Whereas, this bread which is slightly risen due to the bicarbonate of soda (baking soda) in it would have been for the richer Vikings. The bread would have been torn and dipped into the stew or served with homemade butter and honey or jam for a sweeter dish.

Viking Bread Recipe

As I said above this bread is one for the richer Viking, the Chiefs of the villages. It is very similar to our Irish Soda Bread recipe in the fact that it doesn’t use any yeast in it. However, after having baked the 2 we love the oaty taste and texture of this one of the Irish soda bread.

Ingredients for making bread like a Viking

The recipe at the bottom of the post has everything in grammes (just scroll down further), however, we measured out our ingredients and below you will see them in cups.

girl measuring out ingredients for a recipe in the home kitchen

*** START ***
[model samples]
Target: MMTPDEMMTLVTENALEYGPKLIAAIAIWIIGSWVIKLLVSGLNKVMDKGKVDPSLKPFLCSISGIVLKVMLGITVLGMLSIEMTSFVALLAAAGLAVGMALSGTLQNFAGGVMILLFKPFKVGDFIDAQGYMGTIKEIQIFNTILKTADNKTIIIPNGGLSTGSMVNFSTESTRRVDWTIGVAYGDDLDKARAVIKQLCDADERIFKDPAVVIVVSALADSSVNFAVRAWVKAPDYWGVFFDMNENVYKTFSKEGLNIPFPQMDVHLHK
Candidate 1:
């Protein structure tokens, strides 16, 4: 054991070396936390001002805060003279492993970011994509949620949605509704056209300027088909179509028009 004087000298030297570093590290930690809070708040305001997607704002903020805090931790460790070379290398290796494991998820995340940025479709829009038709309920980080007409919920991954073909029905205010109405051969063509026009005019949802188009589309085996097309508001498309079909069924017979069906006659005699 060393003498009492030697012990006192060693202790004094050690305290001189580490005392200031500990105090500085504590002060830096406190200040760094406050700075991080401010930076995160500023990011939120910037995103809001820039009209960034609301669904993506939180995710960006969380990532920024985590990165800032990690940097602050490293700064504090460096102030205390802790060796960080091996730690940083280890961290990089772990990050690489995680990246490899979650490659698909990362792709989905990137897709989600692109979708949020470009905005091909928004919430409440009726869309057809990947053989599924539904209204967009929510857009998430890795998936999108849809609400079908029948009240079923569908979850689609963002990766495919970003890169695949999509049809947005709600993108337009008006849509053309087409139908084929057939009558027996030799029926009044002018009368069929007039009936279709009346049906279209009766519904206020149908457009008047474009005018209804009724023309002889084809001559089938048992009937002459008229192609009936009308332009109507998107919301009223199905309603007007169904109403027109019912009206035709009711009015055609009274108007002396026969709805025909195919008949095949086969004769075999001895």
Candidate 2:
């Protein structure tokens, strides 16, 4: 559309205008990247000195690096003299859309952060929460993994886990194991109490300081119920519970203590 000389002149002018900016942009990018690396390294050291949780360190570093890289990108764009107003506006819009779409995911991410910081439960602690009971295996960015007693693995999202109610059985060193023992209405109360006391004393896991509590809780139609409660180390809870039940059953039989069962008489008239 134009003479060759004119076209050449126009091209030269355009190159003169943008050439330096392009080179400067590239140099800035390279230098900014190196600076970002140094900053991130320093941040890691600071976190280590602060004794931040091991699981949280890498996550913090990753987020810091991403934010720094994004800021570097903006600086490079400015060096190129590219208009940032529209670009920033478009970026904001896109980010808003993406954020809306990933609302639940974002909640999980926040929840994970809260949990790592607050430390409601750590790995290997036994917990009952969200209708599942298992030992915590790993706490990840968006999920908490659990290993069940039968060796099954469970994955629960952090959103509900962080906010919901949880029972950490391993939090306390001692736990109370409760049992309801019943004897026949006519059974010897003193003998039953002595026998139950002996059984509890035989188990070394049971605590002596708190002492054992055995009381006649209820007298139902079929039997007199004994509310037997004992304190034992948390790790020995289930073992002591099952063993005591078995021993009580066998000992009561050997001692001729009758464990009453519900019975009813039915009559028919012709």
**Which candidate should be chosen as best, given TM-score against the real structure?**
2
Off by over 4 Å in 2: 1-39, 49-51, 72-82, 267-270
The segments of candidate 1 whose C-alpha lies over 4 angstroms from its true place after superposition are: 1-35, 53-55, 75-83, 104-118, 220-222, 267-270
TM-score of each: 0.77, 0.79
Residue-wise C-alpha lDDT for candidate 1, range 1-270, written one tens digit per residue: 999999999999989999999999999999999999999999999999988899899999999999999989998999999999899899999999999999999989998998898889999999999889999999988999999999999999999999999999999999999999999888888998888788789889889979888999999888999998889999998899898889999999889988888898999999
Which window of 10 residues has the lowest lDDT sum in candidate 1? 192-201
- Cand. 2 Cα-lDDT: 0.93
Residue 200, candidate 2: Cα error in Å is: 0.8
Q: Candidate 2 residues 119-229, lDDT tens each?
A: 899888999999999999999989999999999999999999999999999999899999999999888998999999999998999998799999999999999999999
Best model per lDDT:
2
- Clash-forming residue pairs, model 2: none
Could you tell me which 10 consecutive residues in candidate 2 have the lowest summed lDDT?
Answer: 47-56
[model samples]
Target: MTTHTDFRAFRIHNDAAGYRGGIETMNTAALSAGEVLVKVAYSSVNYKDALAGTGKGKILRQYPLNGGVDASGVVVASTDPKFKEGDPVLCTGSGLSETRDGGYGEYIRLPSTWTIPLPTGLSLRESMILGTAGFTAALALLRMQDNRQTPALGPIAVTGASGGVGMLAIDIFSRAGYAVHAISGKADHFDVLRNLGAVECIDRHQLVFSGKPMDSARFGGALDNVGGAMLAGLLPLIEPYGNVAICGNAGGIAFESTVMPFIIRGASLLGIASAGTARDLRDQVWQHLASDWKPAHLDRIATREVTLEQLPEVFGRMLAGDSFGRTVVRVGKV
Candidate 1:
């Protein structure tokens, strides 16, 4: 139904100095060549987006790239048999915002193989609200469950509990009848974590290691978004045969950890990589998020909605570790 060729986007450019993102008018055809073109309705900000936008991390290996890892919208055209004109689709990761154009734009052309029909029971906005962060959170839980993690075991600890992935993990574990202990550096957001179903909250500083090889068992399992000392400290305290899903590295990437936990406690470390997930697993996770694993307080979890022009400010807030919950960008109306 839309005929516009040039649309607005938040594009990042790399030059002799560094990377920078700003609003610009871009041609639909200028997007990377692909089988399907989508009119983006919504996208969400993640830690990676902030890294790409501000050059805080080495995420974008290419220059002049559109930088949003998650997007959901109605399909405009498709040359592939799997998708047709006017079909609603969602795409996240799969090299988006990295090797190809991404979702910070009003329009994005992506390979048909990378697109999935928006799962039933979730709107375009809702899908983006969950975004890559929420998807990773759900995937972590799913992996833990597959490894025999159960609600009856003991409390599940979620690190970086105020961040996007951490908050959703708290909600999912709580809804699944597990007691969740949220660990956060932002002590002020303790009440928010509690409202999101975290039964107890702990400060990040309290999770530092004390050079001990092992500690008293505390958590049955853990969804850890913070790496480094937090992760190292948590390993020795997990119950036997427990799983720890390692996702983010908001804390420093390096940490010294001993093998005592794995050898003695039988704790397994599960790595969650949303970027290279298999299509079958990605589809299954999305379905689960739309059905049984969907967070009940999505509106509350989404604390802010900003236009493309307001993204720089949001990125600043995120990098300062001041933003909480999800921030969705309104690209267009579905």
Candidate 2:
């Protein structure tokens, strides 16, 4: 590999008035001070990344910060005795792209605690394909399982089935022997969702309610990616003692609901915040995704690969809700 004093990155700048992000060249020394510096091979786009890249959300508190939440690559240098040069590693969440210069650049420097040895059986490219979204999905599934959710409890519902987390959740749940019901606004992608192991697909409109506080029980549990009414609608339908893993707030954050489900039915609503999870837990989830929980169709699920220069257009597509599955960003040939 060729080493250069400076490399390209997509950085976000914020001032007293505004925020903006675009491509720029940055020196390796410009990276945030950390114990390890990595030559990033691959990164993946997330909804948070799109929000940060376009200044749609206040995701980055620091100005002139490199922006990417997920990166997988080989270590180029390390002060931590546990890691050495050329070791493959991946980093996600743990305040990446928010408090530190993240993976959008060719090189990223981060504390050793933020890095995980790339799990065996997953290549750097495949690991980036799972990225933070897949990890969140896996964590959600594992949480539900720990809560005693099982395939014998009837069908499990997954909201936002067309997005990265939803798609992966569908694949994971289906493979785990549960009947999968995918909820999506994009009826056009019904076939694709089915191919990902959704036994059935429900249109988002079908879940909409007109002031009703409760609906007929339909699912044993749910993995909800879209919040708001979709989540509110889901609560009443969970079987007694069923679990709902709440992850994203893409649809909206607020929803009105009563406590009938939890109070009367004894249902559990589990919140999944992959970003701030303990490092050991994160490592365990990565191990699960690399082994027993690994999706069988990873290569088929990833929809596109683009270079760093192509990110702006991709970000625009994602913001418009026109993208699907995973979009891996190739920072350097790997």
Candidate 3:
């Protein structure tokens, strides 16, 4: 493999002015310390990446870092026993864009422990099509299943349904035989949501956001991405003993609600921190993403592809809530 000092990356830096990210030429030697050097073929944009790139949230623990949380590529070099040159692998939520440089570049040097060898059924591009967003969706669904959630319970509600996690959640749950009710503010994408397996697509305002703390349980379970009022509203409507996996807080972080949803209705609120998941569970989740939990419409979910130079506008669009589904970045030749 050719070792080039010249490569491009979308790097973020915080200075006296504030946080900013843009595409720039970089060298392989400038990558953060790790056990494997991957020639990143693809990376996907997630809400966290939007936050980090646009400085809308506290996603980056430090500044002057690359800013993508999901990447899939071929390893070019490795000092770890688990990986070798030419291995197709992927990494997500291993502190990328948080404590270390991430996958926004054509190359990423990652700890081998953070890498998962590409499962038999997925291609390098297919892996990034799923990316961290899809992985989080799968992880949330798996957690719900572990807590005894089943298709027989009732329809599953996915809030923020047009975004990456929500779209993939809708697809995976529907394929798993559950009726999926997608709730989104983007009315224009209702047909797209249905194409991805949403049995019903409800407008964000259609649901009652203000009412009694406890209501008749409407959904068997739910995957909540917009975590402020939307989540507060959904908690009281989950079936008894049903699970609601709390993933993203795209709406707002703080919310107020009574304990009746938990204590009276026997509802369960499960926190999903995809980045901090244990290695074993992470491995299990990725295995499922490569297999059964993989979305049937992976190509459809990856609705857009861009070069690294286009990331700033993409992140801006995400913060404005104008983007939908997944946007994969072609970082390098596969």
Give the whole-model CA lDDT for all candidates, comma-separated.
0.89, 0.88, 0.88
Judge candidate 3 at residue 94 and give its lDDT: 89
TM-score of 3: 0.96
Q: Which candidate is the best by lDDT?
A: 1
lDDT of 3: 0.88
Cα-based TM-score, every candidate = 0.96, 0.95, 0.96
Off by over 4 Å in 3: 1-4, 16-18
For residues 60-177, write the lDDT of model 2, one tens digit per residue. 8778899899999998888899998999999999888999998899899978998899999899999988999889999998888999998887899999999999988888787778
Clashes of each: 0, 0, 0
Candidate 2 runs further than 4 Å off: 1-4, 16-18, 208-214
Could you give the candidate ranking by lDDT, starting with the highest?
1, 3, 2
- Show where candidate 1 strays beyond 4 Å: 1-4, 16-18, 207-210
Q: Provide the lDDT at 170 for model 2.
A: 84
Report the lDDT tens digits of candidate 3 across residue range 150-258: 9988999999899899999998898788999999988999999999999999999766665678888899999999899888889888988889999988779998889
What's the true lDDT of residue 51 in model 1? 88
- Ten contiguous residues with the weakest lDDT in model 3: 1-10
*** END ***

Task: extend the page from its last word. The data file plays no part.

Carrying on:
• 5 cups plain (all purpose flour)
  • 1 tsp bicarbonate of soda (baking soda)
  • 1 tsp salt
  • 3/4 cups of oats
  • 2 cups of warm water
  • Oats to sprinkle on the top

How to make Viking Soda Bread

Start by putting all of the dry ingredients in a bowl and mix together.

dry ingredients for making historical bread recipe in a bowl

Add in the warm water and use a wooden spoon (just like a Viking) to stir the ingredients to start to form a dough.

mixing the water into dry ingredients for Viking bread in a bowl with a wooden spoon

When you can’t stir any more turn it out onto a surface and knead with your hands until firm.

kneading a Norse Soda bread on a granite board in the kitchen for a History Unit Study on Vikings

Place on a lined baking tray and into an oven.

Viking bread in the oven to cook

With the bread on the tray in the oven switch it on to 180C (fan assisted) and set the timer for 45 minutes.

Once cooked, remove let cool and a little and then enjoy!

a torn piece of Viking bread with butter and honey on straight from the oven for lunch as hands-on History Topic